GF-X strikes gold in online booking trend

PUBLISHED : Tuesday, 17 September, 2002, 12:00am
UPDATED : Tuesday, 17 September, 2002, 12:00am

The aviation sector has had one of its worst years in history, with reduced passenger numbers, falling freight rates and volumes, and uncertainty in the financial markets.

Given the limited control over revenue, many airlines have turned to streamlining internal operations to cut costs, including the cargo-booking function.

While the second quarter picked up slightly in terms of air cargo, particularly from Asia to the United States, there are still worries about the market.

The overall picture is of an industry in trouble, with gloomy forecasts, bankruptcies and depressed financials among the airlines. Adding to the woes are increased fuel prices, caused by market jitters over the threat of a US strike on Iraq.

'Fuel costs typically amount to about 20 per cent of operating costs of an airline,' a Singapore-based aviation analyst says. 'There is not much an airline can do about it, other than a certain amount of hedging. But even the largest airline is unlikely to protect its exposure to a rising fuel price 100 per cent.'

In light of the mercurial nature of demand and revenue, airlines have little option but to rationalise costs. This usually involves slashing routes and the workforce.

However, even for cargo divisions, the airlines are also looking at streamlining the booking function, which in its traditional state is beset by high manpower costs, the propensity for mistakes and lack of transparency.

The move to online booking has come through the use of airline Web sites - a move that has had little uptake so far - and commercial portals such as Global Freight Exchange (GF-X).

GF-X is a wholesale exchange providing an electronic platform for forwarders and carriers to buy and sell cargo space. Unlike a number of the transport exchanges that popped up in the late 1990s, it does not intend to replace a layer of the booking function (the forwarder), and therefore bars shippers from the exchange. Its main purpose, says the company, is to streamline the often arduous booking process.

'The large forwarders would like to have one platform for all of their bookings - they do not want to have to open a different airline's Web site every time they want to do a booking. This is where GF-X comes in, and where our number of participating airlines is important,' says company vice-chairman Jean Godart.

The London-based exchange has a strong base in the European air-cargo market, with equity holders that include British Airways, Lufthansa Cargo, Panalpina, Deutsche Post World Net, owner of DHL and AEI Danzas, and Swissair Group. In the United States, American Airlines is a shareholder. Continental Airlines Cargo, EGL Global Logistics, Emirates SkyCargo, Kuehne & Nagel and Schenker are participating members. Air France signed up in April.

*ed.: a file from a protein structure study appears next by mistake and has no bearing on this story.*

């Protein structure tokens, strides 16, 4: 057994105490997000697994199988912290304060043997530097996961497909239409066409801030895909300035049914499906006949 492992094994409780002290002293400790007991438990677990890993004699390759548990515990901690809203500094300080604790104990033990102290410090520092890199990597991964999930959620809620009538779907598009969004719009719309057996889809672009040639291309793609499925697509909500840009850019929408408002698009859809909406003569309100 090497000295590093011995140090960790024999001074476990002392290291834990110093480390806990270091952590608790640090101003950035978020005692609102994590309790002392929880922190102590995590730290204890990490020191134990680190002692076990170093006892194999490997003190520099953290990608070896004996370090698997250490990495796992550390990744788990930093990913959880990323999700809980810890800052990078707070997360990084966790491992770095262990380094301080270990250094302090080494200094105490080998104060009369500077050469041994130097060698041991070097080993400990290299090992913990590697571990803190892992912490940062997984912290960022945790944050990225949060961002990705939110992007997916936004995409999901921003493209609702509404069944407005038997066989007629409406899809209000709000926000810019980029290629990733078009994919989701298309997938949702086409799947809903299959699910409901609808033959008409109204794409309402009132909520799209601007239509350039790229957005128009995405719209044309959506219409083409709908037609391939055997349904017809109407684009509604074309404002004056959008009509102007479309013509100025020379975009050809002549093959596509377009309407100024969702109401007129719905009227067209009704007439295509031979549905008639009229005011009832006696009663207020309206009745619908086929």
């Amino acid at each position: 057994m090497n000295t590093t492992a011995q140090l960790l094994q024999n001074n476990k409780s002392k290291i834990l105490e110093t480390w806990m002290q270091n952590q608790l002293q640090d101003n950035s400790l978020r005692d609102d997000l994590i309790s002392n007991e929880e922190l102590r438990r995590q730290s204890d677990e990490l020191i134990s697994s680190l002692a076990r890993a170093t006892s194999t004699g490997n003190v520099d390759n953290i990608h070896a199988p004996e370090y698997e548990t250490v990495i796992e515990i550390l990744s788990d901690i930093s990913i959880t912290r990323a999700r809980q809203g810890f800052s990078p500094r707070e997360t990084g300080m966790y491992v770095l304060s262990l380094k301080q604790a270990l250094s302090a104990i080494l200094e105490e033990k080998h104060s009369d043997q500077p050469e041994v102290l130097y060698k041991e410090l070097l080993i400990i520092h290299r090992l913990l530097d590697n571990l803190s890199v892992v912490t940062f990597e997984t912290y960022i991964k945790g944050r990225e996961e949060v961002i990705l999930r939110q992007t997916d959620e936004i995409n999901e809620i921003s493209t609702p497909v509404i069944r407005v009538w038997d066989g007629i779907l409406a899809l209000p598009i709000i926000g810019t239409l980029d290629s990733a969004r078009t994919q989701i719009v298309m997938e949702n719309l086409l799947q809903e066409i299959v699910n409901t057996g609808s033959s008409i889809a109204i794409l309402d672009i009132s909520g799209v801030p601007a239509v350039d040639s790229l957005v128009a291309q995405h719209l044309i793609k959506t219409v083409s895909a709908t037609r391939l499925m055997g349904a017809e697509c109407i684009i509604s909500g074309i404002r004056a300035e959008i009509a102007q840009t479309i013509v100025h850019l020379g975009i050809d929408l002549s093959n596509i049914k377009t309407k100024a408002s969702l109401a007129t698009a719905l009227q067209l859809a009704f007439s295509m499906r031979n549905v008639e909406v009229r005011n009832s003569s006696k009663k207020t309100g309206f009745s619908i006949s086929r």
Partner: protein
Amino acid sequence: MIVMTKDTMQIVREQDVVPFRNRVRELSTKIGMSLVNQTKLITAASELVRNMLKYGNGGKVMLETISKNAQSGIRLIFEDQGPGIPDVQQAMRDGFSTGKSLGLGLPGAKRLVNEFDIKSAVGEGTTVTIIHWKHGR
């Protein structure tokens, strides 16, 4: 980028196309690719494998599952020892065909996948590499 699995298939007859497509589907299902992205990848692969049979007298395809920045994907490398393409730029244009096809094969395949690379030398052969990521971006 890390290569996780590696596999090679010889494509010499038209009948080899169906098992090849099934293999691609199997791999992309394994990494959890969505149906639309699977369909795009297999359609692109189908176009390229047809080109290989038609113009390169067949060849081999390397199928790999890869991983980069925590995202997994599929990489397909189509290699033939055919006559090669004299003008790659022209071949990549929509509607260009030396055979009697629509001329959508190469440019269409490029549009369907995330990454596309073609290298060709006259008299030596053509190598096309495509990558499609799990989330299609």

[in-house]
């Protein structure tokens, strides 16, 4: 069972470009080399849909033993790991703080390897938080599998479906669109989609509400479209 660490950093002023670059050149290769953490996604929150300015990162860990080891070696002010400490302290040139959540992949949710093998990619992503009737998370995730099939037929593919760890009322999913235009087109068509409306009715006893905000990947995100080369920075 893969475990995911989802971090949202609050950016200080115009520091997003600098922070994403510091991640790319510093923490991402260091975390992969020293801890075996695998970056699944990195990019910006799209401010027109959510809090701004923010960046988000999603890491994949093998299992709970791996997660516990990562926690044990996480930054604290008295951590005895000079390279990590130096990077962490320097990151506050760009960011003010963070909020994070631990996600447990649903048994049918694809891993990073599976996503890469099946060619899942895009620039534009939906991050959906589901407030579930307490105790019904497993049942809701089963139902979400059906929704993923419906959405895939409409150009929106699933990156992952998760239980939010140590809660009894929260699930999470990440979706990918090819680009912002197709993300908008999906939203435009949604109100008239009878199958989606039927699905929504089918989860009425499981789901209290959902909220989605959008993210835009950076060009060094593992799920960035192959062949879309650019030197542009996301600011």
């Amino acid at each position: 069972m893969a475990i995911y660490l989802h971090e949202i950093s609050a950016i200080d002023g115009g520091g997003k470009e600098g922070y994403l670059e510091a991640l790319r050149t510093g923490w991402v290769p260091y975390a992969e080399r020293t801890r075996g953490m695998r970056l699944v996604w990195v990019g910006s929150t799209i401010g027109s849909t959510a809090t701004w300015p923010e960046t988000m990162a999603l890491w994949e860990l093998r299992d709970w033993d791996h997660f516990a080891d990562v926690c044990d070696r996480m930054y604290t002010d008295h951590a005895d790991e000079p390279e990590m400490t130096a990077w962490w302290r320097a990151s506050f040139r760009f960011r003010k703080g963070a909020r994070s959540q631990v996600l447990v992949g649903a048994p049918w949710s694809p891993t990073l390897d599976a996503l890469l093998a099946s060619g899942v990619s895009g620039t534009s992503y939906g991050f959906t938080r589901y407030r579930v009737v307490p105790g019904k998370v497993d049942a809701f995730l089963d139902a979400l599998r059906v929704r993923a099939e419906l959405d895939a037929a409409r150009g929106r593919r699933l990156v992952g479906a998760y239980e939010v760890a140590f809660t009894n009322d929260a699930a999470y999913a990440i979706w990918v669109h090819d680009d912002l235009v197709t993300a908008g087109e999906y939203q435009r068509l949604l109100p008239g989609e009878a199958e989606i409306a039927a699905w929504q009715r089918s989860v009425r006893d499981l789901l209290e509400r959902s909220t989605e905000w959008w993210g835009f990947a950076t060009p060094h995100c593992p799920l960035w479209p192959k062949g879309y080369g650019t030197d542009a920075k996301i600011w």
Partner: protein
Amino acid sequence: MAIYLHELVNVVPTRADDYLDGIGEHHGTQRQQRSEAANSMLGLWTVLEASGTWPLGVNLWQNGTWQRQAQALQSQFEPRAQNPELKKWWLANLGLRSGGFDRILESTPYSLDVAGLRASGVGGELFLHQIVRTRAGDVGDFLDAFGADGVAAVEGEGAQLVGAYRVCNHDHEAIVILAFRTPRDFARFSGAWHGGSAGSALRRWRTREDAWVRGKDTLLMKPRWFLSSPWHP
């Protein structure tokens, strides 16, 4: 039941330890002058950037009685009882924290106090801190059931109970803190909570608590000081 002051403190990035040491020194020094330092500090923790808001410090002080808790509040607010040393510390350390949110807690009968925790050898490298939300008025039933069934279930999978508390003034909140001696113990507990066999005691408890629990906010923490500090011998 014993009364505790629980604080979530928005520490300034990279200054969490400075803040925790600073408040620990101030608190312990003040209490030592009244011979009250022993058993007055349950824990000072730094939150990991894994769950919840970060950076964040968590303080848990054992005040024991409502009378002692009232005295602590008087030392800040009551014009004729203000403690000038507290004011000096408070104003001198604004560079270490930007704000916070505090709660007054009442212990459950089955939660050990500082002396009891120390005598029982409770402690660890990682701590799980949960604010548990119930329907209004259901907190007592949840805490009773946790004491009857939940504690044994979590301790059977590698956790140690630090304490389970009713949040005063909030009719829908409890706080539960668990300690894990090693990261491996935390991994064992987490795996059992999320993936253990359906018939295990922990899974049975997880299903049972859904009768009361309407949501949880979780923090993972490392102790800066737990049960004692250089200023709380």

Since the portal went live in 2000, it has seen impressive growth, and now accounts for more than 40,000 bookings a month.

'So far, we are satisfied with our development,' says Mr Godart. 'We have more than 19,000 routes in the system, and, if the carriers ramp up the products available through it, the numbers will increase significantly. In April, Lufthansa and British Airways announced plans to expand their co-operation with the booking portal by launching more of their products on to the system.'

GF-X's expansion has continued despite the depressed state of the aviation market, which can be attributed to the savings on offer through the system, Mr Godart says.

'It is a more efficient way of doing business, allowing greater speed and flexibility for participating members,' he says. 'There is a saving rate of between US$10 and US$20 per transaction, which is significant if an airline is writing one million air waybills a year, and a similar level of saving for the forwarder.'

According to the company, efficiency improvements for airlines include forwarder queries being handled by the system, reducing calls and faxes, bookings requests being sent electronically, obviating the need for re-keying information and booking responses being returned electronically to the forwarder.

For forwarders, bookings can be transferred electronically in bulk from the system, removing the need to prepare and send faxes manually, and options can be determined without having to call around the carriers.

In May last year, the company released its permanent booking function, allowing it to move into an area that constitutes the bulk of air-freight bookings and away from solely ad hoc shipments.

'The biggest savings will be for the larger forwarders. A forwarder based in one market and using one or two carriers will be better off using an airline's Web site, but it is different for the multinational forwarder,' says Mr Godart.

GF-X is now looking at the Asian market, basing its strategy around recruiting the region's airlines, which will then act as an incentive for the forwarders to join. Given the importance of the Asian market in terms of air-cargo and future growth, the market is an obvious target for the firm.

'We are continuing our discussions with all large regional airlines and we are confident they will recognise the benefits that GF-X can provide in their local markets as well as internationally,' says operations director Demetrios Zoppos.

'Asia is an important and exciting market for us, and in time we hope to sign up Asian carriers,' says Mr Godart.